Sunday, January 28, 2007

Logbook: Puerto Montt - Chilean Fjords

Puertomonttfjords1Thursday was a particularly good day because our port of call, Puerto Montt, is one of my favorite little cities. Set deep in Chile’s inland waterway, at the base of the Andes and at 41 degrees of latitude, Puerto Montt has the same kind of environment as all my favorite places -- Southeast Alaska, Newfoundland, the Shetland Islands and the South Island of New Zealand to name just a few. As a center for fishing, agriculture, hiking, tourism and other commercial activity, it has a lot going on and a fairly robust economy. It offers a pretty wide variety of activities, restaurants, shops, etc. without being pretentious, and it is clean, safe and friendly. To top this all off, it has many, many dogs and very, very hi-speed internet. In short, Puerto Montt is a perfect place for me -- assuming, of course, that it has a laundromat!

As soon as we docked on Thursday, I hit the streets and walked about a kilometer along the shore to the center of town. I found a tidy internet center and made full use of its completely stable, screaming fast, 4 megabit hi-speed pipe to do all the usual plus download about 10 gigs of media to enjoy during the long voyage between ports ahead. With my online stuff completed in an amazingly short period of time, I wandered around the streets and enjoyed the sights of street vendors, the sounds of street corner bands and the smells of fresh bread and fresh fish -- though thankfully not all in the same place at the same time! The day was mostly overcast with occasional mist but it started to pour down rain at one point and I ducked into a cheery little restaurant for a bite to eat. Thirty minutes later I was back on the prowl, checking out the hand crafts, comparing the many trekking and outdoor offerings and generally thinking what a nice place Puerto Montt could be to spend a season or two. The ship’s departure time came too soon and I felt my first twinge of reluctance to get back on board.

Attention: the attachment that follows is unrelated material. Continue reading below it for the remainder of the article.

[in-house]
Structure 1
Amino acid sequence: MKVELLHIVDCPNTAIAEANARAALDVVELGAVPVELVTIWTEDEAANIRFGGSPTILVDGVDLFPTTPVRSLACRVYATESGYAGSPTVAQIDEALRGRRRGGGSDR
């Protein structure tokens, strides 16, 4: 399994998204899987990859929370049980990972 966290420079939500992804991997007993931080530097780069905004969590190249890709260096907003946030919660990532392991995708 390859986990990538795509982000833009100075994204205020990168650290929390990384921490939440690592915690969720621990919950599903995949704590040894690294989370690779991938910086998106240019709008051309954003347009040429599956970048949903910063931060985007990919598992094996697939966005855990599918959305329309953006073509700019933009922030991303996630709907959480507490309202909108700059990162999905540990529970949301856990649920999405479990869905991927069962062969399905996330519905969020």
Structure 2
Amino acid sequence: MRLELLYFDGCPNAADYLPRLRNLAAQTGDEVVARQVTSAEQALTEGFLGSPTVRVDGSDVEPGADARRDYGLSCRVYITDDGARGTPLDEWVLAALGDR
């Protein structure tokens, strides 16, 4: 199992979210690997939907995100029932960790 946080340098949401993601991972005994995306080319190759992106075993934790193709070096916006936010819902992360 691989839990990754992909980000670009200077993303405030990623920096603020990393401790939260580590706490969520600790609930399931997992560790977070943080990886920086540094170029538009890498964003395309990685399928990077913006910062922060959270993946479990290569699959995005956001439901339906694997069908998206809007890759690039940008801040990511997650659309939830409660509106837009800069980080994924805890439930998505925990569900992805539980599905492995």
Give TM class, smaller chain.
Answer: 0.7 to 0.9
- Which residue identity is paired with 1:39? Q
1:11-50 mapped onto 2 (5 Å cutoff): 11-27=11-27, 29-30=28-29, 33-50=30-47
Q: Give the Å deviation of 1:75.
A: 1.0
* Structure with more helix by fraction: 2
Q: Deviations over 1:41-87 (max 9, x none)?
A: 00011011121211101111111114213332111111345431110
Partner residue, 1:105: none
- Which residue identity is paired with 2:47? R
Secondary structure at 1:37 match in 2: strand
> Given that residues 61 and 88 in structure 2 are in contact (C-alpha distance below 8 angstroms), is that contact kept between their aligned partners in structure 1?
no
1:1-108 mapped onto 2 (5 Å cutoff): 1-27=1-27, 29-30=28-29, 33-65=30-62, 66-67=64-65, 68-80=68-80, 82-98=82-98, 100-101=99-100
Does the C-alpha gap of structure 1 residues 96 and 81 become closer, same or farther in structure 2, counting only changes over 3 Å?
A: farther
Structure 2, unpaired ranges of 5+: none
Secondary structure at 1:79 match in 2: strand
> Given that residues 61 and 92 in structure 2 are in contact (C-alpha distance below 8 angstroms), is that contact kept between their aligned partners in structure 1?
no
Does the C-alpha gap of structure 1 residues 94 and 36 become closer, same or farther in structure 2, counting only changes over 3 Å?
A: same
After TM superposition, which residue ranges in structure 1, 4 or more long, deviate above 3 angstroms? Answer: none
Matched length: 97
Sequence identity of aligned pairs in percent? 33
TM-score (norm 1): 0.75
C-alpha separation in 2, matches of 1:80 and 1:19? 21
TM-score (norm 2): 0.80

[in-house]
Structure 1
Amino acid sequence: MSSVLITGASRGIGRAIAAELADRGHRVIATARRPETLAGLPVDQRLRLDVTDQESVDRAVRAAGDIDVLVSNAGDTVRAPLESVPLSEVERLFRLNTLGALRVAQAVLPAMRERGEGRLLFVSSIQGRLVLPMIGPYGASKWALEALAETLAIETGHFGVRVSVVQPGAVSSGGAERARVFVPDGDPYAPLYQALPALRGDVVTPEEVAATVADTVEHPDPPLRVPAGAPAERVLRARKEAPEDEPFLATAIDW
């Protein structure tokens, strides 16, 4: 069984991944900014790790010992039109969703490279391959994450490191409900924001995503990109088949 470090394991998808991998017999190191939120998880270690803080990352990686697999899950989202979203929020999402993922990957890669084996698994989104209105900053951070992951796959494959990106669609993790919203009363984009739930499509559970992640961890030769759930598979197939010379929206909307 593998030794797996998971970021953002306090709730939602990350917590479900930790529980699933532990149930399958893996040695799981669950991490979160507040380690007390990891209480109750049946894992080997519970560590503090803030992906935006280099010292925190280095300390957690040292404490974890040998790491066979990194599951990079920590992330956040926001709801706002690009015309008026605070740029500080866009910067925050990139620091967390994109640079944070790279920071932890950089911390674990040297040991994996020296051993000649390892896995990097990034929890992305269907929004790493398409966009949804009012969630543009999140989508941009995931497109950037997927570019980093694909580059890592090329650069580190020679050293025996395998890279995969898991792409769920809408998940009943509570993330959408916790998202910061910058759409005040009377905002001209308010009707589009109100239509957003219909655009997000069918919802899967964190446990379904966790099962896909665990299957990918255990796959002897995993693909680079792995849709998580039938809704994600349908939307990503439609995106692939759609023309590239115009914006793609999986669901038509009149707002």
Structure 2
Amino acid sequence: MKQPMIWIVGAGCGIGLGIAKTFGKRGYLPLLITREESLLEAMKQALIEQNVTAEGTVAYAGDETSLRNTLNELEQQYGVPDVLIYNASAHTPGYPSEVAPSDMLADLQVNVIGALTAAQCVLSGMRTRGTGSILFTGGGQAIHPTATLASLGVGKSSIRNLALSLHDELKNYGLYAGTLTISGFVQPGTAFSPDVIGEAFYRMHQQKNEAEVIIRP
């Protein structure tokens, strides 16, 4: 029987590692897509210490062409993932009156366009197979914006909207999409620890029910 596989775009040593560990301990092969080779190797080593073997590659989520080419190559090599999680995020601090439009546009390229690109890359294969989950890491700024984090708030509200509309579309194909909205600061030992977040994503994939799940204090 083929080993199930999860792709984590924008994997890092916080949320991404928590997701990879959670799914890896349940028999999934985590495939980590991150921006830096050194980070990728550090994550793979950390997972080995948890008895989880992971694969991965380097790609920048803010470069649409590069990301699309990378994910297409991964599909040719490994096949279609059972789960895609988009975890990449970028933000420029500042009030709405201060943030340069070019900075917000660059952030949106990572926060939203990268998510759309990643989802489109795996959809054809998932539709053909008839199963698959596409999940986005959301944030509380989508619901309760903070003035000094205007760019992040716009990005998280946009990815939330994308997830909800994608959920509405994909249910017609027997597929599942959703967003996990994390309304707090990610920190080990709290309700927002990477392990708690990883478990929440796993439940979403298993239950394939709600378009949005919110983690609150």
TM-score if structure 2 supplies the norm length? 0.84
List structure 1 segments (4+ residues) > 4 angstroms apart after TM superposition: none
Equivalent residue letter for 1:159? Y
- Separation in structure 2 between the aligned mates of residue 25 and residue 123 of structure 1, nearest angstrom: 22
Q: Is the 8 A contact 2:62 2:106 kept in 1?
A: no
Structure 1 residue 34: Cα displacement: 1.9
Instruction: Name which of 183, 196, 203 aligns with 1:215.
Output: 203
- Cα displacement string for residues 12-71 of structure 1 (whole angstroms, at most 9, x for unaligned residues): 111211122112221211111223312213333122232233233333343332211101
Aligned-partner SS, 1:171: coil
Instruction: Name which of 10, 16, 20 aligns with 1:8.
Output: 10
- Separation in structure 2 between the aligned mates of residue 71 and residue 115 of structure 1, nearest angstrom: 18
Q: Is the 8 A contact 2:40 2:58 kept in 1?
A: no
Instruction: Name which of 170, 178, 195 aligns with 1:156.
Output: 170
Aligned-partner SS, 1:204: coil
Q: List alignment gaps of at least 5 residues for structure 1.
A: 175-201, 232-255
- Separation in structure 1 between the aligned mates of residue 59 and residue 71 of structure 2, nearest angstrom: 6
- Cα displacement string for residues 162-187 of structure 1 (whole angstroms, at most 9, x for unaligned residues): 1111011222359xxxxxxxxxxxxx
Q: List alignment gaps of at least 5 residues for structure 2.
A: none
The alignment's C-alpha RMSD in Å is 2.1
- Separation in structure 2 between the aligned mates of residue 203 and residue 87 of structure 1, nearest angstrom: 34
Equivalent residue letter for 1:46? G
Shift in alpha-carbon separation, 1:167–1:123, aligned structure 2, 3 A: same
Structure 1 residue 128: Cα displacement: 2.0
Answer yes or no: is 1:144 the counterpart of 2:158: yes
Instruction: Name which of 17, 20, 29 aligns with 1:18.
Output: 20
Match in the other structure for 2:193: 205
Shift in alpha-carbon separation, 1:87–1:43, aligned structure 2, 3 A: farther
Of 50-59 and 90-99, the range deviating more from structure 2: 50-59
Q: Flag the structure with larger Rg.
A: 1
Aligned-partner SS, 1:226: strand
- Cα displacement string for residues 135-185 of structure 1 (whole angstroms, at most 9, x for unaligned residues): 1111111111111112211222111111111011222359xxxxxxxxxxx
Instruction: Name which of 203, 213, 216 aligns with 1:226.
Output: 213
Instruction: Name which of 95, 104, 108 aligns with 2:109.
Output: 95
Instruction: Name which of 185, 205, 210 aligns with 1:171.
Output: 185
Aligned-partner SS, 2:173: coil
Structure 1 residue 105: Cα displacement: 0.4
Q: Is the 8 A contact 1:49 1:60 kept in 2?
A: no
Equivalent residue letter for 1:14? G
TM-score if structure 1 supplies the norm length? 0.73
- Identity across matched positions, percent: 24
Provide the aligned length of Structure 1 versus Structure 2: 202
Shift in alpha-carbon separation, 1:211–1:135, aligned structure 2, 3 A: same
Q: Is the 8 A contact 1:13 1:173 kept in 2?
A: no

Puertomonttfjords2With a wave as we headed out of the harbor, I promised myself I would be back. That night we continued south and have spent the past two days cruising the Chilean Fjords. It is impossible to describe the Fjords, and almost so to capture them in pictures. Steep hills, rounded by glacial activity, come right down to the water with a backdrop of rough, ragged mountains behind them. From time to time we have passed other ships, but mostly have had the peaceful majesty to ourselves. Stopping at one of the several glaciers along our route, the captain dispatched a Zodiac to fetch some floating ice. To the amusement of everyone on board, the small craft with an intrepid crew of six braved the elements and succeeded in their assignment. In the evening, those of us who are drinkers -- which I believe is all of us -- had a small piece of thousand year old glacial ice in our cocktail. It has been a lovely and relaxing couple of days, and this evening we will enter the Straits of Macgellan -- now officially renamed. In the morning we will be making a port call at Punta Arenas, the southernmost city in Chile and our last landing before crossing the southern seas to Antarctica. As my good friend Rob says, “The next starts now, or maybe sooner” on The Voyage of Macgellan!

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